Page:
When you purchase stocks, they take time to settle. They won’t be recorded immediately. Even though the internet makes it easy for us to invest and buy stocks, it still takes time for purchases and sales to settle, it can take several days in fact. This is where the record date comes into play. Generally, the Record Date is two days after the ex-date. The record date is used by companies to determine which of their stockholders are entitled to their next dividend payout. If your name is not listed in their database or on their list of stock holders during the record date, you will not receive the next Dividend payout, even if you purchased the stock on the ex-date (2 days prior to the record date) because enough time hasn’t passed for your purchase to settle.

Dividends may seem complicated, but once you get used to the process, it’s actually quite simple. And from the above, you can deduct what will happen if you sell your stock on the ex-date. If you sell your stock on the ex-dividend date, you will receive the next dividend payout. Why? Well, as mentioned above, it takes time for orders to settle, and if you sell on the ex-date, your sale won’t be settled until after the record date. The company will still see your name on their list during the record date even though you may no longer own the stock and pay you the next dividend. Now if you sell the day before the ex-date, your order will most likely settle by the Record date and you will no longer be eligible to receive the next dividend.

Most company pay their dividends in quarterly schedules, or every 3 months for a total of four times a year. Some companies may have a semi-annual or even annual dividend schedule where they pay every 6 months or just once a year. A few companies also have monthly dividends that they pay at a certain time every month. Whatever the company’s schedule may be, the dividend announced is an annual dividend. For example, if a company announces a dividend of $1 per share, it means that they will pay out a total of $1 per share for the year. So if that company has a quarterly dividend schedule, you will get paid $0.25 per share every 4 months. If the company has a semi-annual schedule, then they will pay $0.50 per share every 6 months. The same goes for any other kind of schedule a company may have.

Companies that give out dividends will announce how much they will pay per share. And using that amount, you can figure out the total Yield of the dividend. The yield is just the  percentage of the dividend paid against the stock price. The value of the yield is far more dynamic than the value of the actual dividend.

For example, let’s say that you own 10 shares of Company Alpha with a worth of $10 per share. Let’s assume that Company A announced that they will pay $1 in dividends for each share per year. That’s a return of 10% and the 10% is the dividend yield.  So why is the yield dynamic? Let’s say 3 months from now, Company Alpha’s stock prices drop to $5 per share but they don’t change the amount they will pay in dividend. The dividend is still $1 per share, but now, the dividend yield is 20%. The amount of money you are getting back per share in dividends hasn’t changed, however the overall value of the stock has along with its dividend yield. The effect is the same if the stock value of Company Alpha rises to $20 per share, the yield at that point would be 5%.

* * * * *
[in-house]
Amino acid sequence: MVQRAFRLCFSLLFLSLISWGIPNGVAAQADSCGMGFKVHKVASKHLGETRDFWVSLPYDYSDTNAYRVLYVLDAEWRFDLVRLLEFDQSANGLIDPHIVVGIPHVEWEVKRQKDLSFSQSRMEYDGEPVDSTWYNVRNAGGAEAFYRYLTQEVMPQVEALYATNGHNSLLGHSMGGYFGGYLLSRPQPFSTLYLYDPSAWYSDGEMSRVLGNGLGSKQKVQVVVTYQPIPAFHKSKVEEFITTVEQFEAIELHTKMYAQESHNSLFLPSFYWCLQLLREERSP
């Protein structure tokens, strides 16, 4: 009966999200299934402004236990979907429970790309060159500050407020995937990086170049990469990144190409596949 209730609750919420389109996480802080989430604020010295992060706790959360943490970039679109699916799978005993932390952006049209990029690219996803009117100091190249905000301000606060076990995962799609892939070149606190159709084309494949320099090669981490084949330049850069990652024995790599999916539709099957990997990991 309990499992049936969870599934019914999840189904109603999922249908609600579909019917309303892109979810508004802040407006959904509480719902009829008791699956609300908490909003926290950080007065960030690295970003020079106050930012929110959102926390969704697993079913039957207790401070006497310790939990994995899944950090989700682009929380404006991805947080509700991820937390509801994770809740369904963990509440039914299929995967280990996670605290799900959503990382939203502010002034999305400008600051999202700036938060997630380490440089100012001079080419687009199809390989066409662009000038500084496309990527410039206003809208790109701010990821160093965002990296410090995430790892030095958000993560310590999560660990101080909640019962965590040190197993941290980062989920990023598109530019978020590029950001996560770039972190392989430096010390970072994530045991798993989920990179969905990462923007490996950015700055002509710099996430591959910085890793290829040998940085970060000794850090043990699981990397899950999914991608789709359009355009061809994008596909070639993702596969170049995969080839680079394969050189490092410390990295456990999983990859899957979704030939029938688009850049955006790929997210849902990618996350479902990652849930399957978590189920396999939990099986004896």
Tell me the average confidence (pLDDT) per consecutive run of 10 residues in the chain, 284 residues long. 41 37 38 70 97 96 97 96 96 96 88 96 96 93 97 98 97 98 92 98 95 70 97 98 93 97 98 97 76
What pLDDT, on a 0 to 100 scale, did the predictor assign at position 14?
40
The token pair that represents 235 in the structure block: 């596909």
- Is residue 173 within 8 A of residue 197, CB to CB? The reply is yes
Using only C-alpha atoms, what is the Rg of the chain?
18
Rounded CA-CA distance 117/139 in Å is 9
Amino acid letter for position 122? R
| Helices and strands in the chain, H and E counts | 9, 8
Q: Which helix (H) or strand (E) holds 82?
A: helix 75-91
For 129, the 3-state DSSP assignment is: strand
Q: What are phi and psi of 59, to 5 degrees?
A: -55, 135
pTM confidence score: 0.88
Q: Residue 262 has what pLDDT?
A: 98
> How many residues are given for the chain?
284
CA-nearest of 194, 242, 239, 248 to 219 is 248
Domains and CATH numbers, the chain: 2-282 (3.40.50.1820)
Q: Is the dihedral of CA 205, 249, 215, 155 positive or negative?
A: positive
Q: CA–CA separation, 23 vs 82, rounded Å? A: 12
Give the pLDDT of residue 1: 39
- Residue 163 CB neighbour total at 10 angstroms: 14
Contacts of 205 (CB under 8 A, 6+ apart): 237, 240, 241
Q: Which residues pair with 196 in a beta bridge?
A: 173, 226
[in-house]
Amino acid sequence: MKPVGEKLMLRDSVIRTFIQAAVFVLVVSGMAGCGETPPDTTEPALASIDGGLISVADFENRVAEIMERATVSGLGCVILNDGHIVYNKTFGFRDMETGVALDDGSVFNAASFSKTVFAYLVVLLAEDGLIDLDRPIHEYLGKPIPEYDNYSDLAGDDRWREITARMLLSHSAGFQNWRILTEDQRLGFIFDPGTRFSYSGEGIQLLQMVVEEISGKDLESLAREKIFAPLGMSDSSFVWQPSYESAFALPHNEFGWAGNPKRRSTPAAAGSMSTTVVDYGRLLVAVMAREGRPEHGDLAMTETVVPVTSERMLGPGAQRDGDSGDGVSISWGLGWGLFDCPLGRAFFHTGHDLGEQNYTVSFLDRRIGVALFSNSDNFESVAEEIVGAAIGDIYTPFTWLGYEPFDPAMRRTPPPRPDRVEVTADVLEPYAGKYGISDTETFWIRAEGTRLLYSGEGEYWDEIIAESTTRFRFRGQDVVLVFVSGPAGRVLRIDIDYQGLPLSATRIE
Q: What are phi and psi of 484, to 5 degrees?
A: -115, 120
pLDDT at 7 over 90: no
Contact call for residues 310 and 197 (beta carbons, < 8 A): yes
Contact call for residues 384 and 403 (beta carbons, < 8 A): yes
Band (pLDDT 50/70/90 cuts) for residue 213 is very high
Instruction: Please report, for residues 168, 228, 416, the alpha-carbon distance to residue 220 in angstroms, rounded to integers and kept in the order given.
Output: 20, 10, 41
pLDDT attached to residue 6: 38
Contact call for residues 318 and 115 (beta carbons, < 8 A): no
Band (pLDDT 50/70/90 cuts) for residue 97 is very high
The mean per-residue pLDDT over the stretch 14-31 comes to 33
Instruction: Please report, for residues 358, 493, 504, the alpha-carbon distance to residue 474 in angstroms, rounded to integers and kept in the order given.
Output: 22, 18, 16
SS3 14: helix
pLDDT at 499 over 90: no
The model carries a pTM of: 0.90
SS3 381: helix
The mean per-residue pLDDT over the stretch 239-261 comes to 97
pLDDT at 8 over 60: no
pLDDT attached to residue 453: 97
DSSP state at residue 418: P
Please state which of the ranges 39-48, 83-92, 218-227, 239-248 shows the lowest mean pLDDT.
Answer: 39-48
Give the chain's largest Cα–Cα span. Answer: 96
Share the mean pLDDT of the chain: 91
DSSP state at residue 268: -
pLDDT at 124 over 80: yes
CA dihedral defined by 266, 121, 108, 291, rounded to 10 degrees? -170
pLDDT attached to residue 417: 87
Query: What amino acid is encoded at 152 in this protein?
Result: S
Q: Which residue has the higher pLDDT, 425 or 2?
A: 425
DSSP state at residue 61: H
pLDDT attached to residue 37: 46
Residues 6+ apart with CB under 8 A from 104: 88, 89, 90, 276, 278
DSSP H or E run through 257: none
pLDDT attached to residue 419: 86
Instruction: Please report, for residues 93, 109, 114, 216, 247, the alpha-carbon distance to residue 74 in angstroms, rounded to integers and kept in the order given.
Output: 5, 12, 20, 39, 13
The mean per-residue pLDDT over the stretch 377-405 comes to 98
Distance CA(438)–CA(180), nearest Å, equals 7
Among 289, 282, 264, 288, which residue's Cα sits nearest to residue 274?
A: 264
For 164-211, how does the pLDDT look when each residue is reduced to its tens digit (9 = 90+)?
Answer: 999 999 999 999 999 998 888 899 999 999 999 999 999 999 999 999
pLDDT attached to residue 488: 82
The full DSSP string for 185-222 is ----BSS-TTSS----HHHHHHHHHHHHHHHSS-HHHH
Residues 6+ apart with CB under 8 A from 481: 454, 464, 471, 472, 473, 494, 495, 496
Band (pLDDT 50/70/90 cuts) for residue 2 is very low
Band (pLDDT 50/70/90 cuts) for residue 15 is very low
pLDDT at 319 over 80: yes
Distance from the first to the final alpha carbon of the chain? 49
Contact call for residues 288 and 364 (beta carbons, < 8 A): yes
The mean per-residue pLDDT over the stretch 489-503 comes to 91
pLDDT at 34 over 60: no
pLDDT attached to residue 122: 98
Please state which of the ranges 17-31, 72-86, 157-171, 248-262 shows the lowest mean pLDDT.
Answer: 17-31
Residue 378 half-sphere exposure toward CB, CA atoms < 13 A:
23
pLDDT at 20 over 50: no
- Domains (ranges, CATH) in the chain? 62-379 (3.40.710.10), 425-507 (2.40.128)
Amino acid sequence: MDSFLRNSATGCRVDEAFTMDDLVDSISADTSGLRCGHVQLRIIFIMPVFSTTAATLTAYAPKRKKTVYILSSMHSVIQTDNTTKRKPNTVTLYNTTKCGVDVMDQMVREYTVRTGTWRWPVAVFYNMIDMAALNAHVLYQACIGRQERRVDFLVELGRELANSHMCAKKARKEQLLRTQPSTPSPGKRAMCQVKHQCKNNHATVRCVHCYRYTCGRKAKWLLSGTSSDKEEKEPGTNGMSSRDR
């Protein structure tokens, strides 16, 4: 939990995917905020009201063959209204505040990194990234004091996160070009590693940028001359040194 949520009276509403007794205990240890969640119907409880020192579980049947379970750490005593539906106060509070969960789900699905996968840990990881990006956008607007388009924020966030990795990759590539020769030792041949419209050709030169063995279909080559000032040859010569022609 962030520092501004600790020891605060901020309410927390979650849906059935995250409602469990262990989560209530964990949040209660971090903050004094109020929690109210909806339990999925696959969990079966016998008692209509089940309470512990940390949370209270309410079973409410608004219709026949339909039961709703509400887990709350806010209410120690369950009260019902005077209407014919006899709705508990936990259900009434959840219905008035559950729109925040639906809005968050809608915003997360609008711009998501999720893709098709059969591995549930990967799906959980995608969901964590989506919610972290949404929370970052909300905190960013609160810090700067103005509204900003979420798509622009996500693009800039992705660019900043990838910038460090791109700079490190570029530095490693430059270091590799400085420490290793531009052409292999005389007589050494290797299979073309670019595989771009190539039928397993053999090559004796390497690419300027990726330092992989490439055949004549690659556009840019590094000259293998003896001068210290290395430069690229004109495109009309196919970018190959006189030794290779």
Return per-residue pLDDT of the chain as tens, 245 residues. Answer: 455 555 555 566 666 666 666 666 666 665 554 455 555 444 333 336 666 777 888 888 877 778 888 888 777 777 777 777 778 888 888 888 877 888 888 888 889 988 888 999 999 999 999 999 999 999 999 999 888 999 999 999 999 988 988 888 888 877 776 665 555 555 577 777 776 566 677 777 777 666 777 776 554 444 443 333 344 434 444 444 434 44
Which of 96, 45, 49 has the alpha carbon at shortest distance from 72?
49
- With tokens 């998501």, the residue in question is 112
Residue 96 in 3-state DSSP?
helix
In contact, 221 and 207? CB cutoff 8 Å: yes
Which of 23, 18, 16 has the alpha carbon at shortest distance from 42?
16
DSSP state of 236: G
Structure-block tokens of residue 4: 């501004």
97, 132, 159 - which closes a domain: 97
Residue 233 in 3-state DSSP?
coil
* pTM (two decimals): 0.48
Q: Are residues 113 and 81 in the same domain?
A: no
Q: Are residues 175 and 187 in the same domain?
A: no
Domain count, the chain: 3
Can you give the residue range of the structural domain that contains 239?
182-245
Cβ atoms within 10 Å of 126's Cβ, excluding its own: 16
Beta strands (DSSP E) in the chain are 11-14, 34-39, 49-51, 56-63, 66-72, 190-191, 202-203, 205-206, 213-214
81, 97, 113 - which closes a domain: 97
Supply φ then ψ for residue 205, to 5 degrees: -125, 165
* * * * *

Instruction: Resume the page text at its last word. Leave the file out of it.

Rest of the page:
As mentioned earlier in the article, dividends may also be paid out in stock value. Instead of getting cash, the company may give you extra shares of the stock depending on how much you own. Obviously, the more shares you own, the more shares you’ll earn during a dividend payout. This also results in some investors having decimal points in the number of shares they own. This isn’t better or worse than a cash payout. With a stock value payment, you won’t have to worry about paying taxes on your dividend, however, when you sell your stock, you will have to pay the taxes for the value of the share. There are advantages and disadvantages for each kind of payout so one isn’t better than the other.

Companies don’t have to give out dividends. Dividends are generally given out to encourage new investors. Companies that don’t have dividends aren’t necessarily bad, it could just mean that they are using their profits for the growth of their companies. Many companies use profits for Research and Development while others use the profits to invest in other companies to increase the value of their own company.

You shouldn’t only look at dividends when investing. You should also be careful about companies that give out too much dividends. You will come across companies that pay up to 50% of their stock value. It may not always have been a 50% yield, the price of the stock may have just dropped, but this stock is something people would call risky. The dividend would be extremely risky because there is a high chance the the company will either decrease their dividend payout greatly or cut it out altogether as some companies have had to do in the past to cut losses or stay in business. And if you purchased the stock because of its high dividend, you will be disappointed.

Stocks with 20-30% dividend yields are also somewhat risky. Although the risk is far less than a company paying out 50% in dividends, there is a big chance that the company will decrease their dividend amount in order to save the company money. Dividends should be a small factor in deciding what companies to invest with. You may get a bigger profit by investing a company that doesn’t give out any dividends but research shows that the company’s stocks will skyrocket because of a new product they are introducing or because the competition is doing poorly.

If you are looking at a dividend announcement by a company, be sure to really look at it for the essential information before assuming. You should look at how much dividend they are paying per share, what their schedule is, as well as the yield percentage because this can be a big indicator of how well a company may or may not be doing. Another thing to look at is the method of payment, whether it’s cash or sock value. Also be sure to pay attention to when the ex-dividend and record dates are so you don’t miss out on the next dividend payment.